The cover art for Father John Misty’s Pure Comedy is a contemporary vision of a medieval nightmare — a wildly detailed cartoon illustration depicting fools, sadists, zealots and charlatans engaged in all manner of debauchery and nihilistic excess. Josh Tillman (Father John Misty) personally reached out to New Yorker cartoonist Edward Steed to draw the piece, as his characteristic doodled illustrations and wry black humor served a perfect complement to the record’s sardonic meditation on the modern condition.
Steed began contributing to the New Yorker about five years ago after responding to the magazine’s open call for submissions. At the time, he had no professional experience as an illustrator and says he had to develop his unique style and technique on the fly.
“At first, my drawings weren’t particularly good,” said Steed. “But it’s more about having ideas anyway, so I try to send a lot of ideas. That’s what impresses the New Yorker editors. And then I learned to draw gradually over the years.”
He soon became a favorite among editors and readers, selling dozens of pieces to the magazine each year. Once able to support himself as a cartoonist, Steed quit his job as an architect and recently moved to New York from the UK. In November, Steed, along with Tillman and Sub Pop Art Director Sasha Barr, was nominated for a Grammy for best recording package for Pure Comedy. A condensed and edited conversation with him about the nomination is below.
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And thus, a new album from Father John Misty shall be born unto the world; 'Pure Comedy' drops April 7th. Proof –> subpop.com (preorder now to reserve that Deluxe Edition LP + BONUS 7" of "Real Love Baby"!) • • • [Cover Art Illustrations by Ed Steed (The New Yorker)] #fatherjohnmisty #fjm #purecomedy #subpop #bellaunion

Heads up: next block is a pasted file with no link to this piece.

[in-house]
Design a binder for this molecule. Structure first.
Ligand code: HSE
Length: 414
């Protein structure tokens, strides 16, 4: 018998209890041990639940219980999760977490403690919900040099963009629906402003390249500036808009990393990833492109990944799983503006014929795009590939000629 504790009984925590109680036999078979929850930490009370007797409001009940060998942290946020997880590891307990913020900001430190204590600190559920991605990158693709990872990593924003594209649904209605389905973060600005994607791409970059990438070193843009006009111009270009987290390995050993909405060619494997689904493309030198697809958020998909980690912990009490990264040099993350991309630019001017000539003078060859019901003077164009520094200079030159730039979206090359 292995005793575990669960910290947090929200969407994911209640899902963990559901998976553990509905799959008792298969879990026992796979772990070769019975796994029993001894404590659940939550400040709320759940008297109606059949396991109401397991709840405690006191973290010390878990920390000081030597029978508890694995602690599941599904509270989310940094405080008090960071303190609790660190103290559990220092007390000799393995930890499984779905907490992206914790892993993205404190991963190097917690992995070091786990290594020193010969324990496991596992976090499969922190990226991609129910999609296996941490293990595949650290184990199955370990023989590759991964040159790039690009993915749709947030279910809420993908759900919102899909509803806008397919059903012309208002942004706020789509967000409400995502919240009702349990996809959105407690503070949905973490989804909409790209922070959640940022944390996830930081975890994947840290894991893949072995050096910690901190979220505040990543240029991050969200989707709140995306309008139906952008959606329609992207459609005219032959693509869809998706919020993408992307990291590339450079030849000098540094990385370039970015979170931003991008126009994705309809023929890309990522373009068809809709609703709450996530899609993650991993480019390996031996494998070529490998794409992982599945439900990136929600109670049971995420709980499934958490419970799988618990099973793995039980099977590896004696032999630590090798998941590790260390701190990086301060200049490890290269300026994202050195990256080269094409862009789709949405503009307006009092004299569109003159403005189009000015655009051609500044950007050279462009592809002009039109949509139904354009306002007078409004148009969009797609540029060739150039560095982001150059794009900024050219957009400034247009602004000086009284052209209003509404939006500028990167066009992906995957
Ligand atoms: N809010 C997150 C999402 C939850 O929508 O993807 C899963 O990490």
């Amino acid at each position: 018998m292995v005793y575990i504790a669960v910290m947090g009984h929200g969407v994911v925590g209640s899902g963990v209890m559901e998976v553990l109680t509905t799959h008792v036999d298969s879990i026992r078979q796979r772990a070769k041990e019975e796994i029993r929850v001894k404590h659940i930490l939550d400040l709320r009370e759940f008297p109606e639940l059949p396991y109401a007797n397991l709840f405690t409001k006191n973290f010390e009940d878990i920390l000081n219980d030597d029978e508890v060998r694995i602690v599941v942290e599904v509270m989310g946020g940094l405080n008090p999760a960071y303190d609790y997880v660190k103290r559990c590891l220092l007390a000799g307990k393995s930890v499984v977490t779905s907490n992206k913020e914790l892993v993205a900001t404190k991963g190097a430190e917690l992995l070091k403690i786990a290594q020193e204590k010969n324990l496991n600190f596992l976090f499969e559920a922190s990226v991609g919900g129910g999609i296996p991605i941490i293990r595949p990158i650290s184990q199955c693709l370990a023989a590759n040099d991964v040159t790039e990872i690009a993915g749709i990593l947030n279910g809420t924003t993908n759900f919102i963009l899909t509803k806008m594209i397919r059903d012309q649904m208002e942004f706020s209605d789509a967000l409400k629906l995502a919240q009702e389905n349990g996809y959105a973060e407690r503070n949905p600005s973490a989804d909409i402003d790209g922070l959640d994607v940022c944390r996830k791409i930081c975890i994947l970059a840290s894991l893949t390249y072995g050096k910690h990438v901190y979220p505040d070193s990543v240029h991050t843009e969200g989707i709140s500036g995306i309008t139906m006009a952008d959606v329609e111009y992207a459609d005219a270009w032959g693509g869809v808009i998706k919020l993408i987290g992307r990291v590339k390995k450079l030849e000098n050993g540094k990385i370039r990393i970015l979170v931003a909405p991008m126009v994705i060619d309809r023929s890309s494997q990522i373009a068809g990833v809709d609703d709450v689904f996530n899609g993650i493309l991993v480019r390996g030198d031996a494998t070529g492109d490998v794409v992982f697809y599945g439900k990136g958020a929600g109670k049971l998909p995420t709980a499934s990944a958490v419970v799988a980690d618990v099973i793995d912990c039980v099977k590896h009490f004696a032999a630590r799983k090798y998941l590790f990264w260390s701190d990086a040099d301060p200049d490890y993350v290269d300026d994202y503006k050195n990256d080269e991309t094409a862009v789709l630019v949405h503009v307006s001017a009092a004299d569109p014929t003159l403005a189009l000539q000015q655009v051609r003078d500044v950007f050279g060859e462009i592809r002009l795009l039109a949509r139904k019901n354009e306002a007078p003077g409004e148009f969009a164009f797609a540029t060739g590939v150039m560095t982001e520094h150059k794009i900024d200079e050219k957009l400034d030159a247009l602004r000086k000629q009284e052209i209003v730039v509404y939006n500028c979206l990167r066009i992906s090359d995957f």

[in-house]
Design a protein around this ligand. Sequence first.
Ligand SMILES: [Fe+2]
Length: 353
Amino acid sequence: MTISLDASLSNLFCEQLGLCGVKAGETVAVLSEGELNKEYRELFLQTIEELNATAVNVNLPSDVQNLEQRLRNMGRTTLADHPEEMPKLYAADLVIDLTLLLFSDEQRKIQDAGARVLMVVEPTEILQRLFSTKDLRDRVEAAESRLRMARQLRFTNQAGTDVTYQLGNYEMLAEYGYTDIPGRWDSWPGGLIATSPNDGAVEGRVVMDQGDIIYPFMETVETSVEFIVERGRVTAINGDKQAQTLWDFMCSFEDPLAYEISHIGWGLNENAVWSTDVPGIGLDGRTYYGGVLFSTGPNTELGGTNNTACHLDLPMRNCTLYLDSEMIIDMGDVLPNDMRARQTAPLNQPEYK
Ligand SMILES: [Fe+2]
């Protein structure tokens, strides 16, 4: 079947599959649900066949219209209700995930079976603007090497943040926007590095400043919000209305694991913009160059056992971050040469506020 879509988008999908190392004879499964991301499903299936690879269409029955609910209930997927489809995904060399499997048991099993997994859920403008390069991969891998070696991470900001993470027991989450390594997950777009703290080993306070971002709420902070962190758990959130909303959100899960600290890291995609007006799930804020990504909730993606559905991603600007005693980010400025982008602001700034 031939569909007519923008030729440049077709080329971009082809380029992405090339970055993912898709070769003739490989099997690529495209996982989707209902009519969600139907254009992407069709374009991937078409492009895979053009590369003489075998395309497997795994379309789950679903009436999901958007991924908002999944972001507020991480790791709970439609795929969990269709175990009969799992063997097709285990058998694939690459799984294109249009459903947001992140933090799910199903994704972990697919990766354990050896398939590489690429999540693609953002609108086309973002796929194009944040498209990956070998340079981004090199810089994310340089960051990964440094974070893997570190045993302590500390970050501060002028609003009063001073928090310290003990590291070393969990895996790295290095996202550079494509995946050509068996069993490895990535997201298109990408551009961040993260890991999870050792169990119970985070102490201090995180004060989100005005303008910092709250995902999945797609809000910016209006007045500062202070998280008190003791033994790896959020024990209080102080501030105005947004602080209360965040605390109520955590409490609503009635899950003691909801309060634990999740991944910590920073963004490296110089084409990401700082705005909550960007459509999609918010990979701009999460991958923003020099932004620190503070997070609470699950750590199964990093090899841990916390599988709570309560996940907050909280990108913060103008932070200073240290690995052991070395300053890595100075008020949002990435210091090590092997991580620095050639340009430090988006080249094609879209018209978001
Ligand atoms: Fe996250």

How did the project come about?
I think Josh must have first seen my work in the New Yorker. He wrote to me about a year before I started working on the cover. He sent I Love You Honey Bear and wanted to know what I thought about it, and we chatted back and forth on I email. About six months later he told me he was working on a new record, and six months after that he sent me the first track and asked if I’d like to do the cover art for it.
What was it like working with Tillman? How collaborative was the process?
He began gradually sending me rough versions of the songs from the studio. I started working as I received the songs, diddling ideas down. The idea for the cover — the mountains with the changeable background — that was Josh’s idea from the very start. That was really his only requirement: To have interchangeable backgrounds for the sky, so I could draw whatever kind of chaotic scene in the foreground. I sent him a couple of sketches early on but he never had any notes, so I stopped sending them and I got on with it myself. It was a very easy collaboration; he was always very enthusiastic.
The surreal scene depicted in the album cover reminds me of one of Bosch’s paintings. Was that kind of medieval art an inspiration for the work?
When I was working on the sketches for the album cover, I would go to the library and look at paintings by Hieronymus Bosch and various medieval texts and illuminated manuscripts — visions of hell and things like that. I spent about a month doing that and doodling — getting ideas for the tone of the cover. The finished work took about three days straight of drawing to complete the front cover and another three or four straight for the back cover.